We still need reminding of the ties that bind
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Christina Ray Stanton (Ugogo)
We were in love with our new apartment in New York City, especially the 91m² terrace with its panoramic views of Lower Manhattan. Because we lived on the 24th floor, it felt like we were floating in the sky.
A licensed tour guide, I was thrilled to be living in the heart of the historic Financial District. I had taken thousands of tourists over the years to the World Trade Centre complex, where we would take the 82-second elevator ride to the observatory on the 107th floor and enjoy views that stretched 72km in every direction.
Life seemed perfect for me and Brian, my husband of just more than a year. Just like the Twin Towers that stretched nearly half a kilometre into the clouds, it felt like the sky was the limit for us.
But just two months after we moved into our dream apartment, Brian shook me awake, shouting something about the World Trade Centre. I jumped out of bed and followed him to the terrace. Thick black smoke was rolling out of the North Tower, just six blocks away. Emergency vehicles raced down the West Side Highway ‒ lights flashing, sirens blaring. I looked down to the street. People were running in all directions, some directly into traffic.
Suddenly, something caught my eye. I saw a plane flying low ‒ too low. With a deafening roar, the jet swooped like a hawk and banked to the left, its nose pointed straight at the South Tower. We felt, rather than saw, the impact. One moment we were standing on the terrace, and the next I woke up on the living room floor.
Our apartment in the sky suddenly felt very vulnerable. Brian grabbed our dog, Gabriel, and we raced to the stairwell. After galloping down the 24 flights, I opened the exit door to the street. Only then did I realise I was barefoot and wearing my nightgown. My husband gave me his socks to protect my feet, and we joined the crowds running away from the burning buildings.
Hopscotching through traffic, we made our way to Battery Park. But not long after we found a bench to rest on, the ground began to shake violently. I heard a rumble like a freight train, and thousands of people in the park began screaming as we realised that one of the towers was falling.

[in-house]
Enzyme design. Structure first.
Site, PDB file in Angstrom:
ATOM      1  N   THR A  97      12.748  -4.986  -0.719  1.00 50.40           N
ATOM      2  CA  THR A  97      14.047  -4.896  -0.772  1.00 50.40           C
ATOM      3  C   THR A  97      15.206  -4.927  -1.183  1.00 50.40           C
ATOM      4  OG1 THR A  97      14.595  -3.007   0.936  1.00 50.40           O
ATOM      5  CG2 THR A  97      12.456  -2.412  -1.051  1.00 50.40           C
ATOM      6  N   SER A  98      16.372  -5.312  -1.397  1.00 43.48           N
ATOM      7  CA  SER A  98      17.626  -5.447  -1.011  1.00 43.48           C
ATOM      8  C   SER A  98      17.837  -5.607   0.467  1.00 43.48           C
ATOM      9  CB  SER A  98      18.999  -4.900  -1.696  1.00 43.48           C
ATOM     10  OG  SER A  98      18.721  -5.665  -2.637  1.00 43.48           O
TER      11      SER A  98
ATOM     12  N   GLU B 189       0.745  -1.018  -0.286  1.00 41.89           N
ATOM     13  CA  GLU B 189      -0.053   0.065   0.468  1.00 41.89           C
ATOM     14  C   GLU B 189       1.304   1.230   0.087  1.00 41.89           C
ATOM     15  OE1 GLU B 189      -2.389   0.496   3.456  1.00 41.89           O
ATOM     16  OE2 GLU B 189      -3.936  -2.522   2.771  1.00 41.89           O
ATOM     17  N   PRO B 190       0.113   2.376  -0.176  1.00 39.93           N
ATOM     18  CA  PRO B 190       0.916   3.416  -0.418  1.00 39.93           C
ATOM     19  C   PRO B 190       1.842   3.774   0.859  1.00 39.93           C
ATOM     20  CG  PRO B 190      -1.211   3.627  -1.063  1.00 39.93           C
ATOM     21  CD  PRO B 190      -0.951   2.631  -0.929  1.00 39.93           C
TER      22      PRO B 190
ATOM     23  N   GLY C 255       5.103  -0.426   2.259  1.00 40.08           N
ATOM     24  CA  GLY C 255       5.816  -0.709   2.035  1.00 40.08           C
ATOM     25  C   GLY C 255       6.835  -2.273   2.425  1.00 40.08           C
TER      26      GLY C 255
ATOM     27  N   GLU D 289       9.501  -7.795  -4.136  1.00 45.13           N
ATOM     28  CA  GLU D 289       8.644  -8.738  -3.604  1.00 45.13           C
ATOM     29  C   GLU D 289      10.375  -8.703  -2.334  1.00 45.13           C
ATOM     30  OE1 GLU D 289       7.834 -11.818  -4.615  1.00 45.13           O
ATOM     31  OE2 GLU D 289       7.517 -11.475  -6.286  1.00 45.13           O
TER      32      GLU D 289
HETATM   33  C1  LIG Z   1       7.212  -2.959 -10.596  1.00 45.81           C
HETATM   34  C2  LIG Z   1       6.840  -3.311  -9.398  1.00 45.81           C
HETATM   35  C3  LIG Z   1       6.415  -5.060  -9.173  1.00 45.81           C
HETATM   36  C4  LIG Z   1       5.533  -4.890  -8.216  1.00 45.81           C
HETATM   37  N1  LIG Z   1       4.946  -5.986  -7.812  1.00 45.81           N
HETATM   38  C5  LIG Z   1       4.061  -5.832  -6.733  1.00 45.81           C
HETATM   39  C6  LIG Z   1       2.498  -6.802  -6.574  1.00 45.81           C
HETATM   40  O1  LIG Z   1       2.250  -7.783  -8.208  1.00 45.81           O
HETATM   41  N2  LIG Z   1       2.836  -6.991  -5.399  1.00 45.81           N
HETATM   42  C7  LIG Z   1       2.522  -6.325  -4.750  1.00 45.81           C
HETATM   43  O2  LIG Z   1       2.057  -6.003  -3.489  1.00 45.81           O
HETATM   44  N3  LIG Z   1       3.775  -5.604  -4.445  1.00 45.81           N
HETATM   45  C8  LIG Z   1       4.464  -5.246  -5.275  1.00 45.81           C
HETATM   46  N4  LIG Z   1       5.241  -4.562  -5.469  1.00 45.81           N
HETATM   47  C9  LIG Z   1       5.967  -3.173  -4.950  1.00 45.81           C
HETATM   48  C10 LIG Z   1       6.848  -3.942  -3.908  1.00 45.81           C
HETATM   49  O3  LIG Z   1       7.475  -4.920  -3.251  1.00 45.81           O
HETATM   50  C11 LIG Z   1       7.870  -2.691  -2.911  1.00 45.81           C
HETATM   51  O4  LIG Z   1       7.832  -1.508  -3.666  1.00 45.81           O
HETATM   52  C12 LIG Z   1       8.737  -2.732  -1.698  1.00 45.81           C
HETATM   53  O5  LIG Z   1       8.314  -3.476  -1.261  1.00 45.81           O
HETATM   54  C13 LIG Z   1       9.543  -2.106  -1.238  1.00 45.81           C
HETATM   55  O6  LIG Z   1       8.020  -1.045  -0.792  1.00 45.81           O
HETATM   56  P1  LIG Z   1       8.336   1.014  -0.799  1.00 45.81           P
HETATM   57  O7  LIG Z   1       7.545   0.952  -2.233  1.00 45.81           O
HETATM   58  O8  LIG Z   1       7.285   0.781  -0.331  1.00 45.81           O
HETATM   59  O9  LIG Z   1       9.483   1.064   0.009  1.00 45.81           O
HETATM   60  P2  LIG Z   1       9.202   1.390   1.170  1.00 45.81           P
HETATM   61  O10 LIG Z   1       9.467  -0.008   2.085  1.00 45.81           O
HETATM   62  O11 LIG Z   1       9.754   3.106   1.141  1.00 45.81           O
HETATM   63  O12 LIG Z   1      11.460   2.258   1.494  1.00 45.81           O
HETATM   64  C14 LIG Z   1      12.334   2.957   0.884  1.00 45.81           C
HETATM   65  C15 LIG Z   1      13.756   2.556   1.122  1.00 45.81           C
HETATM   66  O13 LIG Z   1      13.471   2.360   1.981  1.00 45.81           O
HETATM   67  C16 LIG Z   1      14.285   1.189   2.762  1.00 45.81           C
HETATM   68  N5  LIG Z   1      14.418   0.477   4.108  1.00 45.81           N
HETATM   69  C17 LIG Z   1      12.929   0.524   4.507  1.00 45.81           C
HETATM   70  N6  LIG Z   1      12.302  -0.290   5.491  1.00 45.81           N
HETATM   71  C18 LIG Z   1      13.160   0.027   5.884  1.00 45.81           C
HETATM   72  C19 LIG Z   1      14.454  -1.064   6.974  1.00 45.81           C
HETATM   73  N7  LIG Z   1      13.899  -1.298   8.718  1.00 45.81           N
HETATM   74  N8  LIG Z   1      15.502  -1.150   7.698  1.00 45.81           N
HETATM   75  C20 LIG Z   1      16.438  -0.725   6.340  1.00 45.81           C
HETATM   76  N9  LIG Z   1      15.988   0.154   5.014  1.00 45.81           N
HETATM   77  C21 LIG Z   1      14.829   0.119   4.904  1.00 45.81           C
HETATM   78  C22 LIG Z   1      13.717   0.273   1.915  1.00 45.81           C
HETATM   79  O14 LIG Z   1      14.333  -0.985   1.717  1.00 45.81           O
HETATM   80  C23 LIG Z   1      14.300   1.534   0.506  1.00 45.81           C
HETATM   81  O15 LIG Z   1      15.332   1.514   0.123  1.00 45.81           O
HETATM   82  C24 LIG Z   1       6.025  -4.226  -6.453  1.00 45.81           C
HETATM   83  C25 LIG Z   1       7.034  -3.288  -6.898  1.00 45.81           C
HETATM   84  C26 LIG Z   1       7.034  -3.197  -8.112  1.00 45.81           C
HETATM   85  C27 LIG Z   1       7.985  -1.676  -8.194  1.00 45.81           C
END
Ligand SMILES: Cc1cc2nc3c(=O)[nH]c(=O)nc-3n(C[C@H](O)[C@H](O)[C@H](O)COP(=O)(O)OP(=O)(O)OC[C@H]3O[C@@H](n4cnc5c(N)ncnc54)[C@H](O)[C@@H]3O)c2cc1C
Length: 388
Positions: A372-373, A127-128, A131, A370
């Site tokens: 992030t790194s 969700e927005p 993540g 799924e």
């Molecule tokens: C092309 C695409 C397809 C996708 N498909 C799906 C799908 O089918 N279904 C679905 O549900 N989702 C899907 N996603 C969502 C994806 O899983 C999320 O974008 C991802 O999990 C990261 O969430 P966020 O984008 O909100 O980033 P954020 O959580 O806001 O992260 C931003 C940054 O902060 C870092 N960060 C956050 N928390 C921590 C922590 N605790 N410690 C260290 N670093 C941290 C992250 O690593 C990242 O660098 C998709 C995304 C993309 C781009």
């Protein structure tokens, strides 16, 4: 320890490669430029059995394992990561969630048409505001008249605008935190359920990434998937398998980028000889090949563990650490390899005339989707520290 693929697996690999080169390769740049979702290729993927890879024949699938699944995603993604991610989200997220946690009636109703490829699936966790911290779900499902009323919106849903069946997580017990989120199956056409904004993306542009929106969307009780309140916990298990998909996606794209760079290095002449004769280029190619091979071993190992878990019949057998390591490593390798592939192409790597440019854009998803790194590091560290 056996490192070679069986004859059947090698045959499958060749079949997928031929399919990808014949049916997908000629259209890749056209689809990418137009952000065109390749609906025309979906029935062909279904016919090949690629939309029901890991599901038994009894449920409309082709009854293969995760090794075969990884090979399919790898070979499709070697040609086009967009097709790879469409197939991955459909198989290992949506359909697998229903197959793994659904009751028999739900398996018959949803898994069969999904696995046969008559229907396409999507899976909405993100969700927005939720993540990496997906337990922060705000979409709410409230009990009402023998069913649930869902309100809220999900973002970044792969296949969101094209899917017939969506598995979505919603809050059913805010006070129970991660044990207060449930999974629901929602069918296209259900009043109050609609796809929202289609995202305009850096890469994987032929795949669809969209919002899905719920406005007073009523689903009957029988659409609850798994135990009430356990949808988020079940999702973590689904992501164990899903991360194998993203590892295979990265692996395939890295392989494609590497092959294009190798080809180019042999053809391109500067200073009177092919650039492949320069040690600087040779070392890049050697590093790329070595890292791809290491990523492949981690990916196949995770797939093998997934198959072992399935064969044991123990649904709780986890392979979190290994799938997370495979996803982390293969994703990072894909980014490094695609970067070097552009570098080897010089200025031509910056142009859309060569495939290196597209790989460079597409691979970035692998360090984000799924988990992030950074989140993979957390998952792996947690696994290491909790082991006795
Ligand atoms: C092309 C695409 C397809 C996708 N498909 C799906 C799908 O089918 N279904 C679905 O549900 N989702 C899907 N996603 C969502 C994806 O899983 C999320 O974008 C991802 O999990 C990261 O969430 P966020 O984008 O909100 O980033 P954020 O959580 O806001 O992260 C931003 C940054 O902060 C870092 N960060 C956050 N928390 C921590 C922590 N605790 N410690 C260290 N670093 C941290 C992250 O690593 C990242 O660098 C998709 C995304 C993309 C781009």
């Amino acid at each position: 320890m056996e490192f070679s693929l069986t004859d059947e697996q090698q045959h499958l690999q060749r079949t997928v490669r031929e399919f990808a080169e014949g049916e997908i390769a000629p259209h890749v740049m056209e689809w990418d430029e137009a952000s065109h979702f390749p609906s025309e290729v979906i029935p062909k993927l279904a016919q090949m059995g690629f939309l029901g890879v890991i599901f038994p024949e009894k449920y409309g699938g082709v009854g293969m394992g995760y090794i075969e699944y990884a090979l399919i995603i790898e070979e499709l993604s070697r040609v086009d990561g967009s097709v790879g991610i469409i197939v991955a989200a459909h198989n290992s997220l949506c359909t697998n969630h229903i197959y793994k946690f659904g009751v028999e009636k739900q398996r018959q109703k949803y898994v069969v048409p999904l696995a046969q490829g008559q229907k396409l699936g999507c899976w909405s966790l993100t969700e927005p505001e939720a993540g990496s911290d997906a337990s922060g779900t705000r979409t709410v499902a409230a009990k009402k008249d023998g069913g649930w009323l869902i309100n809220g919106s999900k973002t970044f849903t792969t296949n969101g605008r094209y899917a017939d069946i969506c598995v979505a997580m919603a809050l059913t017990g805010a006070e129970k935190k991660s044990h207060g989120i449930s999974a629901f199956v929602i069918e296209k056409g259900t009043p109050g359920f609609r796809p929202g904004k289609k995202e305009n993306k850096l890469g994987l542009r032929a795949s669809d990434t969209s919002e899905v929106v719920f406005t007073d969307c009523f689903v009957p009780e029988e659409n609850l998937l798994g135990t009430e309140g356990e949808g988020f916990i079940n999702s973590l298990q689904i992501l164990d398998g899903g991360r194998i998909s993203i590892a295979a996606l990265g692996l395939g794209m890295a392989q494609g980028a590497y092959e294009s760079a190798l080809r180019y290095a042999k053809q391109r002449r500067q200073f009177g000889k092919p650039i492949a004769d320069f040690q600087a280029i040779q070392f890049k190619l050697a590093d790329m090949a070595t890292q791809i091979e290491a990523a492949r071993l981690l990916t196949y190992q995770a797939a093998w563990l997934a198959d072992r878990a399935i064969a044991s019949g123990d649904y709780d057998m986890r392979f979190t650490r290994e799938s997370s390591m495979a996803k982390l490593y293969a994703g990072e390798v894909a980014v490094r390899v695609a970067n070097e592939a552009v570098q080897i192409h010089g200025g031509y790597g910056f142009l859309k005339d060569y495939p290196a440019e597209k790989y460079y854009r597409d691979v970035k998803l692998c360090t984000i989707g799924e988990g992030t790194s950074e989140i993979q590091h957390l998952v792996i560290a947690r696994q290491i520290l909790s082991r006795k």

I froze in terror as a mass of something hit me in the face. It felt like someone had thrown a bucket of sticky sand over me; gunk filled my nose and mouth, covered my pyjamas, and coated every pore of unprotected skin.
I opened my eyes slowly, trying to protect them from whatever was on my eyelids. Brian hadn’t moved, but he looked completely different ‒ like an upright mummy. Everyone around us was covered in the same sticky, yellow goo.
Dodging thick clouds of smoke blowing directly into the park, we took cover at an old fort and hugged its stone wall, trying to catch our breath. Gabriel flopped on the ground exhausted. Coated in gunk, struggling to breathe, we realised we were stranded at the tip of Manhattan Island with no obvious escape route.
“Brian, do you think we’re going to die?” I asked, shocked that my life might be over at age 31.
“Maybe,” Brian replied sadly. He grabbed my hands, and we prayed together.
After the prayer, Brian led us north. As we tried to find a way to safety, the second tower fell with another earth-shattering thunder, sending even more clouds of smoke and gunk into the atmosphere. We eventually found ourselves on the banks of the Hudson River along with thousands of others who had congregated at the water’s edge.
At some point, we realised that boats of all shapes and sizes were headed our way, even though we were not near any loading dock or ferry terminal. We followed a crowd and were able to board a ferry that had pulled up to the edge of a pedestrian walkway.
A wave of relief washed over me as we chugged away from the shore. After three hours of terror, we were off the island. As our boat set sail across the Hudson, I looked back at the Manhattan skyline. The Twin Towers were gone, the New York City skyline forever altered.
It was weeks before we could return to our apartment. When we finally got back home, I worked up the courage to step out on the terrace. The beautiful, awe-inspiring Twin Towers were gone, replaced by a gaping black hole and a pile of rubble.
I’m still a New York City tour guide, and I still take tourists to the World Trade Centre site. But now I take them through the 9/11 memorial and the museum, where I stop at the reflecting pools and tell my story. I share my experience because thousands of others cannot.
The September 11, 2001, attacks in New York City and on the Pentagon in Washington, DC, remain the most deadly acts of terrorism in world history. The attacks were unprecedented in terms of scope, magnitude, and impact. Almost 3 000 people died that day, including people from more than 90 countries around the world.
More than 6 000 people were injured, and people are still suffering and dying from cancer and other illnesses related to exposure from toxins released when the Twin Towers crumbled. Physically, it took New York City years to fully rebuild the areas that were damaged on 9/11, but the emotional effects of that day can never be fully repaired.
As we commemorate the 20th anniversary of 9/11, may our memories of how much we lost that terrible day inspire us to work toward unity, mutual respect, and world peace. As the Covid-19 pandemic has shown us, we are a global community whose lives depend on and affect each other. May we never forget the ties that bind us.
Christina Ray Stanton (Ugogo) has lived in New York City for almost 30 years and guided thousands of tourists in that city. She has visited South Africa annually for 10 years and started two non-profit organisations (one in South Africa and one in America) to help South African youth (Isihe and Loving All Nations)